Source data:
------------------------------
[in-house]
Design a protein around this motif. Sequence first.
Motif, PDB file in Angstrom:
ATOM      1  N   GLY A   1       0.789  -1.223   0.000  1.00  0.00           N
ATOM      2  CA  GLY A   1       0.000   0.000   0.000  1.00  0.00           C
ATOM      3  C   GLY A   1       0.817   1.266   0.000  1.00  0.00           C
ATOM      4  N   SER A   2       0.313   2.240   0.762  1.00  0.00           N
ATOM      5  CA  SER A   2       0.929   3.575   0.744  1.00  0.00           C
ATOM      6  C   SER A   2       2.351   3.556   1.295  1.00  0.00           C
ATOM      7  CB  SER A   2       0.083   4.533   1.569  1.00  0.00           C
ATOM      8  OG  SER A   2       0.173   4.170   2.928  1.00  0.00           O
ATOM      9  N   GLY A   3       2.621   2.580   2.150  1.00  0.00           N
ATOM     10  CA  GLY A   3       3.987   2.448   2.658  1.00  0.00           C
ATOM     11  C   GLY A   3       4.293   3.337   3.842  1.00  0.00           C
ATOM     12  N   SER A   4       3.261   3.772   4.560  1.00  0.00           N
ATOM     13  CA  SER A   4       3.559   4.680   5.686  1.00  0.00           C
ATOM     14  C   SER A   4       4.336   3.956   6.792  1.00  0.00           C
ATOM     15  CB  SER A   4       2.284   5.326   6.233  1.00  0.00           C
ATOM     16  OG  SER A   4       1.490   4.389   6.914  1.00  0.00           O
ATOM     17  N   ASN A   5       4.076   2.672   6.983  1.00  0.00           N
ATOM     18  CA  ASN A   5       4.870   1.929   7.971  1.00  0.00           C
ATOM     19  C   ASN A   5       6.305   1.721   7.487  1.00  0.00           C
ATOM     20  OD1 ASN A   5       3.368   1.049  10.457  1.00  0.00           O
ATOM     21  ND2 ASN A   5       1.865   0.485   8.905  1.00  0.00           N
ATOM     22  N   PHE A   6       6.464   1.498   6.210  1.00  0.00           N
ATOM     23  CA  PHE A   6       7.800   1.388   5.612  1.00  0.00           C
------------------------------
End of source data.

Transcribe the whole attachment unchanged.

[in-house]
Design a protein around this motif. Sequence first.
Motif, PDB file in Angstrom:
ATOM      1  N   GLY A   1       0.789  -1.223   0.000  1.00  0.00           N
ATOM      2  CA  GLY A   1       0.000   0.000   0.000  1.00  0.00           C
ATOM      3  C   GLY A   1       0.817   1.266   0.000  1.00  0.00           C
ATOM      4  N   SER A   2       0.313   2.240   0.762  1.00  0.00           N
ATOM      5  CA  SER A   2       0.929   3.575   0.744  1.00  0.00           C
ATOM      6  C   SER A   2       2.351   3.556   1.295  1.00  0.00           C
ATOM      7  CB  SER A   2       0.083   4.533   1.569  1.00  0.00           C
ATOM      8  OG  SER A   2       0.173   4.170   2.928  1.00  0.00           O
ATOM      9  N   GLY A   3       2.621   2.580   2.150  1.00  0.00           N
ATOM     10  CA  GLY A   3       3.987   2.448   2.658  1.00  0.00           C
ATOM     11  C   GLY A   3       4.293   3.337   3.842  1.00  0.00           C
ATOM     12  N   SER A   4       3.261   3.772   4.560  1.00  0.00           N
ATOM     13  CA  SER A   4       3.559   4.680   5.686  1.00  0.00           C
ATOM     14  C   SER A   4       4.336   3.956   6.792  1.00  0.00           C
ATOM     15  CB  SER A   4       2.284   5.326   6.233  1.00  0.00           C
ATOM     16  OG  SER A   4       1.490   4.389   6.914  1.00  0.00           O
ATOM     17  N   ASN A   5       4.076   2.672   6.983  1.00  0.00           N
ATOM     18  CA  ASN A   5       4.870   1.929   7.971  1.00  0.00           C
ATOM     19  C   ASN A   5       6.305   1.721   7.487  1.00  0.00           C
ATOM     20  OD1 ASN A   5       3.368   1.049  10.457  1.00  0.00           O
ATOM     21  ND2 ASN A   5       1.865   0.485   8.905  1.00  0.00           N
ATOM     22  N   PHE A   6       6.464   1.498   6.210  1.00  0.00           N
ATOM     23  CA  PHE A   6       7.800   1.388   5.612  1.00  0.00           C